My Dead Dad, directed by Fabio Frey and based on a script he and star Pedro Correa co-wrote. Correa leads the cast as Lucas a Reno native and ex-skateboarder who learns from his mother that his father perishes in Los Angeles and has given him his fortune, which includes the apartment complex. Although the film begins with an overly sentimental tone, it is the way the characters and revelations unfold that gives the audience a two-hand perspective on an oft-told story of unresolved emotional issues between father and son.
My Dead Dad begins with home footage of Lucas and his parents going about their daily lives. As the year’s passed, the videos focus on the breakdown of their marriage and Lucas’ passion for skateboarding. Now, Lucas (Correa), a young guy, discovers that his recently deceased father, whom he hasn’t seen in a decade, has given him his fortune, which includes the apartment complex he formerly owned. the young slacker flies from Reno with the intention of selling the property and forgetting about the man who he believes abandoned him.
The apartment’s residents, though, recall his father as a different man from the one Lucas imagined, including Frank (Raymond Cruz), the longstanding superintendent who isn’t buying Lucas’ gruff attitude, and Sophie (Courtney Dietz), a young lady who, like Lucas, isn’t sure what she wants from life. His uncle, Tommy (Steven Bauer), who wants to help him sell the apartment buildings. Kieffer (Booboo Stewart), and Cosmo (Chris Pontius) are all along for the ride. However, as Lucas meets the other tenets, such as the adorable Sophie and handyman Frank a new side of his father emerges, prompting Lucas to rethink what he thought he knew.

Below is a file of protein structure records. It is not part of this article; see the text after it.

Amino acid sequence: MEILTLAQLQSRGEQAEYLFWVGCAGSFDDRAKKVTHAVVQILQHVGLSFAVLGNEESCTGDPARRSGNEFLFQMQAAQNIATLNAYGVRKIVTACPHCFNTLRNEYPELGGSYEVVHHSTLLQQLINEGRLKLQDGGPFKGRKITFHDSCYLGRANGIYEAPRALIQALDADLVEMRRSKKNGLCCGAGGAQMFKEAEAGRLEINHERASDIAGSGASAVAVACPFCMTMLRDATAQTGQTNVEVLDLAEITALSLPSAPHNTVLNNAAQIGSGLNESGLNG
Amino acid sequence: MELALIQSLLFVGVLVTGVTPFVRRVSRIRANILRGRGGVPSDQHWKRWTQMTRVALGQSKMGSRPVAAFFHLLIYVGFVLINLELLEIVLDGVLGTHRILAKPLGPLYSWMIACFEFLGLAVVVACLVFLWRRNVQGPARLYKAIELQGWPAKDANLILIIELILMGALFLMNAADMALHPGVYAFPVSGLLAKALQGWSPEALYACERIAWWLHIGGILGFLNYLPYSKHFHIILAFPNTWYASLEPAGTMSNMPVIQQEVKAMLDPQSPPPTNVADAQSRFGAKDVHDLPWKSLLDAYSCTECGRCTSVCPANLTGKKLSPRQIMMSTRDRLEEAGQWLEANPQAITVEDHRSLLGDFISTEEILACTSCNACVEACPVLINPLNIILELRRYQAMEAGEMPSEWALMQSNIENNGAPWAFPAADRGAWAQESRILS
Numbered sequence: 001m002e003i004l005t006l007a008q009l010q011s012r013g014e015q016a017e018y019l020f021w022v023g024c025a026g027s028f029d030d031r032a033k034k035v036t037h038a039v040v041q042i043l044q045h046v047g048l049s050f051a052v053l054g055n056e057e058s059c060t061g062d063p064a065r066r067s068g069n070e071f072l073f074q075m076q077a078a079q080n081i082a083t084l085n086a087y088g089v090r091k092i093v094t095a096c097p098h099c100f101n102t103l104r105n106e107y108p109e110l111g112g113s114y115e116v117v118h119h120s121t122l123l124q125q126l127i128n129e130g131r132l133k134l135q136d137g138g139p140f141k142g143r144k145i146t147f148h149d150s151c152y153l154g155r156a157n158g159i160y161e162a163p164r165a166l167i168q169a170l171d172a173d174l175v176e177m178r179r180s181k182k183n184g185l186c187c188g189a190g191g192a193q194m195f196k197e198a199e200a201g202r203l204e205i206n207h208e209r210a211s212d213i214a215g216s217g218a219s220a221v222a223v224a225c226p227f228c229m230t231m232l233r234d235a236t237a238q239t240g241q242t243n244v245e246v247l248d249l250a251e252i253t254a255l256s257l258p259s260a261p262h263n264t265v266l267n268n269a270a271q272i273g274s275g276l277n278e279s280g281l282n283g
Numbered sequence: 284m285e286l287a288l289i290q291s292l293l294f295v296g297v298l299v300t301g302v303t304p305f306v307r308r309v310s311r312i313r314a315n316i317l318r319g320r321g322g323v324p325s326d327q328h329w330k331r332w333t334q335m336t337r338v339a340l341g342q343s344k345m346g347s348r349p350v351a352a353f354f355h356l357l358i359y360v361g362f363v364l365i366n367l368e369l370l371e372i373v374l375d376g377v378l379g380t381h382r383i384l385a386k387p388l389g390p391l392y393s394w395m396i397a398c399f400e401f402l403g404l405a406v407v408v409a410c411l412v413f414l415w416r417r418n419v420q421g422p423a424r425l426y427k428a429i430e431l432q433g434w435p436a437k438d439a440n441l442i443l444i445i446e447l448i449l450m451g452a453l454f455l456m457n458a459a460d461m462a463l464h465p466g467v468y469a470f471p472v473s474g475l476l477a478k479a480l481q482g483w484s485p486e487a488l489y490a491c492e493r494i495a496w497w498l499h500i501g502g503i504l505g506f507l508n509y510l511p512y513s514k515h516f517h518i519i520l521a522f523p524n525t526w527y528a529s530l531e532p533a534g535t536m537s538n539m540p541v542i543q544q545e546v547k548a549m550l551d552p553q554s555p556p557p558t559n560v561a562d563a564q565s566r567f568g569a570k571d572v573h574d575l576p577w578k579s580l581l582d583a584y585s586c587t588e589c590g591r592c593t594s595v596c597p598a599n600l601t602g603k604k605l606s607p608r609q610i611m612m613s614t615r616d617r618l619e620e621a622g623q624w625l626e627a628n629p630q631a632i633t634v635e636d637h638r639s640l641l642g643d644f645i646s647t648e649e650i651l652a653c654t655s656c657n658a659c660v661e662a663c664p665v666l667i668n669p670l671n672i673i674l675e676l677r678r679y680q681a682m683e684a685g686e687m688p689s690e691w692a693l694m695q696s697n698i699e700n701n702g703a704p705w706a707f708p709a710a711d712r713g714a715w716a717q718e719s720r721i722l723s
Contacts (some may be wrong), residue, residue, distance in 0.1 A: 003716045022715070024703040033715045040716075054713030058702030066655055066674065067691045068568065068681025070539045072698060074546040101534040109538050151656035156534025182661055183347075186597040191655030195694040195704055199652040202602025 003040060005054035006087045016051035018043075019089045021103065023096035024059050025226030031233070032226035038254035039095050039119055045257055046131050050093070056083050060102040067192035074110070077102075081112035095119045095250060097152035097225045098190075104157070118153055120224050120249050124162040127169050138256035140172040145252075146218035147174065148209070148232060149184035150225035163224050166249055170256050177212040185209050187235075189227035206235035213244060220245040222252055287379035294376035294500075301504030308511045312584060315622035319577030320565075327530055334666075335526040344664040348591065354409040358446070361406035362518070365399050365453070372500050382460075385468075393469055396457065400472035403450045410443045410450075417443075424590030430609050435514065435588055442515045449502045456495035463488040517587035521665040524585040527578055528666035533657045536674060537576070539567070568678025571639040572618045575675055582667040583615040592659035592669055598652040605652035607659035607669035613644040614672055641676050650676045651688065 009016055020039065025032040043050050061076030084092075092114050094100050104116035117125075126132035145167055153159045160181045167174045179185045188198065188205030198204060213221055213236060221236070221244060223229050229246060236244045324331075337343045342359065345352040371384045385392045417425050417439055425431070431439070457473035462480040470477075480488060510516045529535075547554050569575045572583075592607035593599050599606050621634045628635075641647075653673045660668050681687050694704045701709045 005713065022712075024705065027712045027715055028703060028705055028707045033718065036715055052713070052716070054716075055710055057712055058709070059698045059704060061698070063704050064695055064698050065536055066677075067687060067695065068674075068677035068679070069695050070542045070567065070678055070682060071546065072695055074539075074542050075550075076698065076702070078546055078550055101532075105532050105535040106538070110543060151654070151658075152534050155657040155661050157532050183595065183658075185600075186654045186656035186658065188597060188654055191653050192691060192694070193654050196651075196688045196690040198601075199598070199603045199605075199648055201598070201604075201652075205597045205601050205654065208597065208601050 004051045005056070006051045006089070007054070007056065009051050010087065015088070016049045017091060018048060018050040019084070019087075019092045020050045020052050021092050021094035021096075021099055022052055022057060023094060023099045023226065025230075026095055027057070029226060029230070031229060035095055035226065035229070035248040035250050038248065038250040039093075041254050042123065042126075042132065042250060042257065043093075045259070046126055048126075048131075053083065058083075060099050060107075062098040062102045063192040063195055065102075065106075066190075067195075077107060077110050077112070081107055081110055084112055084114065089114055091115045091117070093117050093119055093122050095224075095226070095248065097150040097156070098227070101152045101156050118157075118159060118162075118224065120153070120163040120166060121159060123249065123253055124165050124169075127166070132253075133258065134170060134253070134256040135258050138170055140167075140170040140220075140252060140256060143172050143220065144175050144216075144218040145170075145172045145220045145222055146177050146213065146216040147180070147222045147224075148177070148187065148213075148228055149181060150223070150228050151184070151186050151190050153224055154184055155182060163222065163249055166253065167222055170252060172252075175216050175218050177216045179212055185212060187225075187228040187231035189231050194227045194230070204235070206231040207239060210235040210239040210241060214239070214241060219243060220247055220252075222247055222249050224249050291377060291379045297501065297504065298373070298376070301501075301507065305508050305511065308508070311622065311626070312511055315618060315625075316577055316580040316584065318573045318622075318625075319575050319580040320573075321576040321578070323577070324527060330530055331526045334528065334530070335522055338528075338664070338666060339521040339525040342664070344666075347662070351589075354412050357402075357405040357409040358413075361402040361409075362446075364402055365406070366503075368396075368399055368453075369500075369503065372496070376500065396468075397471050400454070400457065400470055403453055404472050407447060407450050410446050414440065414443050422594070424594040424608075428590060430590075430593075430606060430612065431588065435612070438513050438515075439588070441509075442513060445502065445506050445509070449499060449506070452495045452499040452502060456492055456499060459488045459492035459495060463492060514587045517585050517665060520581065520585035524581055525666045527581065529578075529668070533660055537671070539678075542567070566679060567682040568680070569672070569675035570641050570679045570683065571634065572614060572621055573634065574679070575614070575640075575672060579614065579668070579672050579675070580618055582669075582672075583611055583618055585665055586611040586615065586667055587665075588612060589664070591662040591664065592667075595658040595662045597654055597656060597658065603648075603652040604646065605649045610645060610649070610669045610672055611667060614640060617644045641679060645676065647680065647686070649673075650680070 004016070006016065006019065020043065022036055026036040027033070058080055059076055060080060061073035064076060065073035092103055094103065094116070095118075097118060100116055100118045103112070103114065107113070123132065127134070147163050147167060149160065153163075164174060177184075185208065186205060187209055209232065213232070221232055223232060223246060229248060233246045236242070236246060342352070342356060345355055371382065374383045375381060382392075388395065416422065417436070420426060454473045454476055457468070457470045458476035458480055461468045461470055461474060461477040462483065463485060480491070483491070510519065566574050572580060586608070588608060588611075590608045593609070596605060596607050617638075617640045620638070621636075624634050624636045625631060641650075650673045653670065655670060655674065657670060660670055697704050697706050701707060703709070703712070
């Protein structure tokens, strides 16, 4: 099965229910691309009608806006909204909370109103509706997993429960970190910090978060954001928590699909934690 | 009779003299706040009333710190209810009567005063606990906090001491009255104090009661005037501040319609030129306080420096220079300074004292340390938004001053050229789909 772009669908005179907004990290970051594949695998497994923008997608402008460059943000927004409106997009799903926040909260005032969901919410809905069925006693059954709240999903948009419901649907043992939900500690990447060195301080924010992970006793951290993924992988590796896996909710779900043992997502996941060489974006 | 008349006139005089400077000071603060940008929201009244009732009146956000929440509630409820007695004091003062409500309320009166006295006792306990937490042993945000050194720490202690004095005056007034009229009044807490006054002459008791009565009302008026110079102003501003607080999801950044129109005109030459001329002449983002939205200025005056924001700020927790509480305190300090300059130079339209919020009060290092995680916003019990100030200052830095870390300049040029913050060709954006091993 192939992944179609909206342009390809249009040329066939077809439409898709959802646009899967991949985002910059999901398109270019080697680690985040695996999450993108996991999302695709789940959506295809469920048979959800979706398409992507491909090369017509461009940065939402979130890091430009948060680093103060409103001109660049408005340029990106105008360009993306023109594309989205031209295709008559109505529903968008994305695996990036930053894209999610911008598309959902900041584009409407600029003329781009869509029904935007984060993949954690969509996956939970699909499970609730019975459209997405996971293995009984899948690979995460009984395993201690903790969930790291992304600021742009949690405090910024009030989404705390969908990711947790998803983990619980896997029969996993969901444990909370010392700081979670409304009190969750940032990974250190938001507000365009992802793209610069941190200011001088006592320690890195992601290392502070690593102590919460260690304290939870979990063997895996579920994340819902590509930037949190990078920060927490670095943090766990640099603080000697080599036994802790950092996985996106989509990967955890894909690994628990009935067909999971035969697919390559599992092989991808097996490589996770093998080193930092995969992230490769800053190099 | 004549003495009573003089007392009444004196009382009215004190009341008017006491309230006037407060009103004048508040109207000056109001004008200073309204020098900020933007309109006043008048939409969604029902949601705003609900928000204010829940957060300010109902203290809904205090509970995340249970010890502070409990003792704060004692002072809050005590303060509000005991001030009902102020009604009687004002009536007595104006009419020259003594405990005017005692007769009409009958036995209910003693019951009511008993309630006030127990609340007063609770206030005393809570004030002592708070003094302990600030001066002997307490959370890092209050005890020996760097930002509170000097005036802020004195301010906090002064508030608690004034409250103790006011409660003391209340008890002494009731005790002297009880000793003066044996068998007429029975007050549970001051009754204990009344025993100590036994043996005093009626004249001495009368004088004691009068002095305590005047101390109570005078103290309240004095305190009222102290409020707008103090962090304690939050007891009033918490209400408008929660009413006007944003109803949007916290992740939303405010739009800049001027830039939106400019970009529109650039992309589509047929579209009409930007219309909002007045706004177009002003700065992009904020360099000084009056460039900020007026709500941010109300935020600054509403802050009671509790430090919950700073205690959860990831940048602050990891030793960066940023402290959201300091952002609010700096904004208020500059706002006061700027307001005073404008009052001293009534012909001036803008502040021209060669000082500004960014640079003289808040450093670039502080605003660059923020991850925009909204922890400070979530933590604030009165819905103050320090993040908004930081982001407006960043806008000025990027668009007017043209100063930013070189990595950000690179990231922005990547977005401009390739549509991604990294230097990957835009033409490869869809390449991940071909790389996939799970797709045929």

Along the way, he begins to uncover different truths that may or may not constitute a barrier in his quest for closure as he prepares for the seemingly unavoidable task of closure and getting rid of what he appears and thinks superfluous.. His journey becomes a charming examination of alternative paths toward happiness and closure as he addresses the sorrow he’s pent up since boyhood.